The human gut may help control the bacterial populations that live within it via secretions that kill some bacteria while supporting others, according to a study published Tuesday in the journal PLoS Biology.
The gut is an enormously complex environment inhabited not only by human cells but also by trillions of bacteria. Some of those bacteria actively aid us by improving digestion (hence the term "probiotic"), producing useful compounds like vitamins, or providing resistance against pathogens.
But many if not most probably do little at all to benefit humans, instead mooching off the gut's nutrient-rich environment to survive without giving much back in return. And some denizens of this microbiome actually do us harm. This raises a problem for the gut: How can it support the good bacteria while discouraging the rest? Such a question is particularly vexing because bacterial strains don't all grow at the same speed, meaning that beneficial strains that grow more slowly would soon be overtaken by harmful, faster-growing bacterial colonies without a way for the body to select some species over others.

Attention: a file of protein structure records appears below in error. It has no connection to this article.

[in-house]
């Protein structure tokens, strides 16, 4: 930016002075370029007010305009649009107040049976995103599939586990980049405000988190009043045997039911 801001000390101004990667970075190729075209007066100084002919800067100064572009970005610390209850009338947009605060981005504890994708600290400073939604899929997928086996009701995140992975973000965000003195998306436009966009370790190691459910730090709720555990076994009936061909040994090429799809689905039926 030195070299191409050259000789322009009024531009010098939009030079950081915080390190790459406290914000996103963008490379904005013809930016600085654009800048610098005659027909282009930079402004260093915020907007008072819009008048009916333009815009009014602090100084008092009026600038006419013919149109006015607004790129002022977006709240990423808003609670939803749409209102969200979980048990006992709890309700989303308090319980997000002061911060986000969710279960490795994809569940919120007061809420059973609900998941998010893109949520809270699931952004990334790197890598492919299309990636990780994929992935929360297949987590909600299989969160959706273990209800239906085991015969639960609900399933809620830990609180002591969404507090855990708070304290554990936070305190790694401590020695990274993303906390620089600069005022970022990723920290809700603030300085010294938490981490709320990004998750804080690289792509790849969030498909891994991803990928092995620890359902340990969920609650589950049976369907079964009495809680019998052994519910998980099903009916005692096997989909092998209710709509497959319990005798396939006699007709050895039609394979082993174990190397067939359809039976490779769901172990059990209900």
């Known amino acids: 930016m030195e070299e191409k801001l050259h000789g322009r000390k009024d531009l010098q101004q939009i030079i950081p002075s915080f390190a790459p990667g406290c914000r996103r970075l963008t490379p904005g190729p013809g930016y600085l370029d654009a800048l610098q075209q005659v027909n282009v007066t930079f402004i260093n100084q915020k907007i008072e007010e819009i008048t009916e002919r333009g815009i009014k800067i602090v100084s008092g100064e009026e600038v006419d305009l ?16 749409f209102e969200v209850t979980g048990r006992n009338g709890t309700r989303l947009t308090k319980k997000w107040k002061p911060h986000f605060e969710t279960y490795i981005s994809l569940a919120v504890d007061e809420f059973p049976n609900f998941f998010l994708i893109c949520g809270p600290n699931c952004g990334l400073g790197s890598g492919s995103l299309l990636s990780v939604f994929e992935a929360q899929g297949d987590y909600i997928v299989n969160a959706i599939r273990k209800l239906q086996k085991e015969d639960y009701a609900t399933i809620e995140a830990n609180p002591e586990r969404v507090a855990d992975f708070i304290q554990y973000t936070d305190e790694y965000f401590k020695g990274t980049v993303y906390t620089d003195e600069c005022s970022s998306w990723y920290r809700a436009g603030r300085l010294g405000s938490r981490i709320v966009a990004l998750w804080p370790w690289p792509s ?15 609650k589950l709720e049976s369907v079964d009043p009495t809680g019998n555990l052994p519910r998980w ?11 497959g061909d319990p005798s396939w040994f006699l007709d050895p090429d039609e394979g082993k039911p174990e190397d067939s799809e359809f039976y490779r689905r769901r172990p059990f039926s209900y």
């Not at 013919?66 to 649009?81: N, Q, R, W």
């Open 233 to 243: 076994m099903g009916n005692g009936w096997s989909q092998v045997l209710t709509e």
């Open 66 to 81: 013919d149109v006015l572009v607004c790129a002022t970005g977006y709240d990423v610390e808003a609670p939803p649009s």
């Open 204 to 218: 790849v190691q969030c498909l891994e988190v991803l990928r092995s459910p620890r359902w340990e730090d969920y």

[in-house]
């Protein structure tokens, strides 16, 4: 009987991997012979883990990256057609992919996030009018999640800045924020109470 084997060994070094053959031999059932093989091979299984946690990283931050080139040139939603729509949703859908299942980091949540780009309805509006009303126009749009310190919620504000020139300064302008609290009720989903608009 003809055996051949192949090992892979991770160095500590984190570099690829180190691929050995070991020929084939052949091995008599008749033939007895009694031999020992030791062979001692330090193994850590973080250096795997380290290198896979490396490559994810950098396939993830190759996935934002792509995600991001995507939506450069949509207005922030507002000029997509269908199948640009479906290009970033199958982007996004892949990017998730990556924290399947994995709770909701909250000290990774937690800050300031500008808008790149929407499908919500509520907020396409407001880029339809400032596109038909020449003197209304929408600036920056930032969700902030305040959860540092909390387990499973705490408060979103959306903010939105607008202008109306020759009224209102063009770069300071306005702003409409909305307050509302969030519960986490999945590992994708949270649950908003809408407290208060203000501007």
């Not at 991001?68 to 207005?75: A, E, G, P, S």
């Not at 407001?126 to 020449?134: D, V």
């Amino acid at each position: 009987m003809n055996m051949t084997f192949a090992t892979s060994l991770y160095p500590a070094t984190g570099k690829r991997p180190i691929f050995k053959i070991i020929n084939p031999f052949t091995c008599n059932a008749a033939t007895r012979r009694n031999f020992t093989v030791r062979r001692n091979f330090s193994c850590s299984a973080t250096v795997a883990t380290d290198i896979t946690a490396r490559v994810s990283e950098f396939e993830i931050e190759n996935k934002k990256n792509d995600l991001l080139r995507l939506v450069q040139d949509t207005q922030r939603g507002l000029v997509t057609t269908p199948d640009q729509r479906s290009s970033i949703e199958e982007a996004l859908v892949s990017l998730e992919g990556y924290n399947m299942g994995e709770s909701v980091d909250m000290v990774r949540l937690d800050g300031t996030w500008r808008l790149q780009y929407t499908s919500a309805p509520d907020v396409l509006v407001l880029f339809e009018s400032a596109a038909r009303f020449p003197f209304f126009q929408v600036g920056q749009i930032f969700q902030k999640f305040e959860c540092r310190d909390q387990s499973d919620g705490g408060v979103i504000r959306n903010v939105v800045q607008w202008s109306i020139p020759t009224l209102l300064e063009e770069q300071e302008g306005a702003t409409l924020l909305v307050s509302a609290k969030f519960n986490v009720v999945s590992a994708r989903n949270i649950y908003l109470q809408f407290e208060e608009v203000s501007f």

To answer that question, Jonas Schluter and Kevin Foster of Oxford University developed a computer model that replicates a simplified version of the gut. Their goal: To see whether slight differences in the gut's secretions, which have the power to aid or inhibit bacterial growth, might be able to bias the gut's environment toward beneficial strains of bacteria.